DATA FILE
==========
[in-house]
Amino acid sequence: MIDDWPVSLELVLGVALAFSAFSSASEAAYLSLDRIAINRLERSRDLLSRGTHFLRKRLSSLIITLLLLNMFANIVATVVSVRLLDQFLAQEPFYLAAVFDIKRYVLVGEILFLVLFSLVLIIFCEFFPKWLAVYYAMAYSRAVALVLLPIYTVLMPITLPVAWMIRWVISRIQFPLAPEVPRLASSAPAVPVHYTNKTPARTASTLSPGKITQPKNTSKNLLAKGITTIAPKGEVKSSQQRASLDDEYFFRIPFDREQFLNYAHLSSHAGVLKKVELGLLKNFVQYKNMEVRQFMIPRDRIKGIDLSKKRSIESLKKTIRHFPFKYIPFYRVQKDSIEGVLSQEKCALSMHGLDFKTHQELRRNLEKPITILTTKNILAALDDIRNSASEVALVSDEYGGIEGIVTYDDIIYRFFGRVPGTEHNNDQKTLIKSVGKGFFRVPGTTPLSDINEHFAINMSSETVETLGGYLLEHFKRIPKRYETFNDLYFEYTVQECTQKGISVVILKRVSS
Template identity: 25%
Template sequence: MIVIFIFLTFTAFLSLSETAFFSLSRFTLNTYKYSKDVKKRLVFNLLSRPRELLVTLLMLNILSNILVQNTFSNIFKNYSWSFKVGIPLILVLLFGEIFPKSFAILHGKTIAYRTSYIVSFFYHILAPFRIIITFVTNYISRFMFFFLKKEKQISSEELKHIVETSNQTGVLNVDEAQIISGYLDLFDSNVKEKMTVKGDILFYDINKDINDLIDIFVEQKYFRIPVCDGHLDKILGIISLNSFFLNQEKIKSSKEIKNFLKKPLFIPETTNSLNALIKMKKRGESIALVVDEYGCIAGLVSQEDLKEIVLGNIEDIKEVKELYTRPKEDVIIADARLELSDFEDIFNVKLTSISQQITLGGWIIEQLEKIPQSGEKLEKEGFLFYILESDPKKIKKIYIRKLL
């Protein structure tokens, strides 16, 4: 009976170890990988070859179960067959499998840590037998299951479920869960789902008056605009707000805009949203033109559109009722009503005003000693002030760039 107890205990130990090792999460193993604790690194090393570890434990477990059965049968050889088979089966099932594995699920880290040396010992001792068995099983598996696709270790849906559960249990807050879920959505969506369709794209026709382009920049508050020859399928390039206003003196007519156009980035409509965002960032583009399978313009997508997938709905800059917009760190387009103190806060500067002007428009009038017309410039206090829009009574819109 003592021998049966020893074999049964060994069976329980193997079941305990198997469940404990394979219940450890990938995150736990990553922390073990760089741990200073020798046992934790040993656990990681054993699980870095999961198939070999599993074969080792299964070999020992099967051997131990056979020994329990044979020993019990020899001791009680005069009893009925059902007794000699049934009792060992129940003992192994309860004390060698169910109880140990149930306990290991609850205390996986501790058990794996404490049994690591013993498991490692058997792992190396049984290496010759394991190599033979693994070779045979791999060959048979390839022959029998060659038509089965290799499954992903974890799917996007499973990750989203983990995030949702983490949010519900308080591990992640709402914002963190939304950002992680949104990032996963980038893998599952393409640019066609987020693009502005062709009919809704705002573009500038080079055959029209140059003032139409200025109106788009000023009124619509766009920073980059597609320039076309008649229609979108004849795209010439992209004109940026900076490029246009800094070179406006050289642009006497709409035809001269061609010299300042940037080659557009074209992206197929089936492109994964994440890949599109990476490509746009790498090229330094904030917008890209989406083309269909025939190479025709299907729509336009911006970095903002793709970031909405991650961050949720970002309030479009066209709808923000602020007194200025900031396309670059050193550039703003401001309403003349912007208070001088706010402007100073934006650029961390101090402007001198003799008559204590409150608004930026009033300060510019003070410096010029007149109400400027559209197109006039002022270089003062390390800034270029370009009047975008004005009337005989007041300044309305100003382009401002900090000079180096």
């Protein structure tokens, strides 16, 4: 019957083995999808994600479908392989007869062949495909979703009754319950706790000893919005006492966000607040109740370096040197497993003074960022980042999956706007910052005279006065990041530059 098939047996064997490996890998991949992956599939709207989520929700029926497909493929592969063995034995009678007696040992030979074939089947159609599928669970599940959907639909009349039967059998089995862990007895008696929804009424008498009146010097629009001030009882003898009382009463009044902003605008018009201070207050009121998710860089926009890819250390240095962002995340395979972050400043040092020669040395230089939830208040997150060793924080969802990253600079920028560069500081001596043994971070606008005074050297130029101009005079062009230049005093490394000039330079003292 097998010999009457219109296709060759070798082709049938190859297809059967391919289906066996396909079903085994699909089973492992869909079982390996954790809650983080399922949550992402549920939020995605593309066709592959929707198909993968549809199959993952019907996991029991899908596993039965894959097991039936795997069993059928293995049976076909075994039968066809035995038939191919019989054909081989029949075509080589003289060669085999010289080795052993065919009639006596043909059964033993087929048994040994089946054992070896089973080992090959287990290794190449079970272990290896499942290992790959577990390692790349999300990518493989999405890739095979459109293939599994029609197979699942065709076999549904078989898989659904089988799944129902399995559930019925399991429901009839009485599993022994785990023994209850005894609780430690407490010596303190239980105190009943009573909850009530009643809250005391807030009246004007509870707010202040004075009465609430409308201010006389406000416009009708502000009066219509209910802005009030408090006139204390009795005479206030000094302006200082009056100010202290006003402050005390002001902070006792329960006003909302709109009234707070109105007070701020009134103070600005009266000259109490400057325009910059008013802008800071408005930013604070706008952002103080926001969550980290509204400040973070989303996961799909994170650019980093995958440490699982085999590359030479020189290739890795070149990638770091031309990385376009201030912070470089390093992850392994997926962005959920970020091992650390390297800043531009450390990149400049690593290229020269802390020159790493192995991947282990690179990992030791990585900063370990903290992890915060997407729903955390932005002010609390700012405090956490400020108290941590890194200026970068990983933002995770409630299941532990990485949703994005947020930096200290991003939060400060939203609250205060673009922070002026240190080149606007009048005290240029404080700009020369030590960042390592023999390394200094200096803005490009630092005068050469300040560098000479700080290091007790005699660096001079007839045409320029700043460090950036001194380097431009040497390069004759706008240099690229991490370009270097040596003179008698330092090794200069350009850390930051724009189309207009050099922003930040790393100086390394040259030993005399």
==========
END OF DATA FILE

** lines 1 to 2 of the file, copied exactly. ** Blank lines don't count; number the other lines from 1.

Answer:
[in-house]
Amino acid sequence: MIDDWPVSLELVLGVALAFSAFSSASEAAYLSLDRIAINRLERSRDLLSRGTHFLRKRLSSLIITLLLLNMFANIVATVVSVRLLDQFLAQEPFYLAAVFDIKRYVLVGEILFLVLFSLVLIIFCEFFPKWLAVYYAMAYSRAVALVLLPIYTVLMPITLPVAWMIRWVISRIQFPLAPEVPRLASSAPAVPVHYTNKTPARTASTLSPGKITQPKNTSKNLLAKGITTIAPKGEVKSSQQRASLDDEYFFRIPFDREQFLNYAHLSSHAGVLKKVELGLLKNFVQYKNMEVRQFMIPRDRIKGIDLSKKRSIESLKKTIRHFPFKYIPFYRVQKDSIEGVLSQEKCALSMHGLDFKTHQELRRNLEKPITILTTKNILAALDDIRNSASEVALVSDEYGGIEGIVTYDDIIYRFFGRVPGTEHNNDQKTLIKSVGKGFFRVPGTTPLSDINEHFAINMSSETVETLGGYLLEHFKRIPKRYETFNDLYFEYTVQECTQKGISVVILKRVSS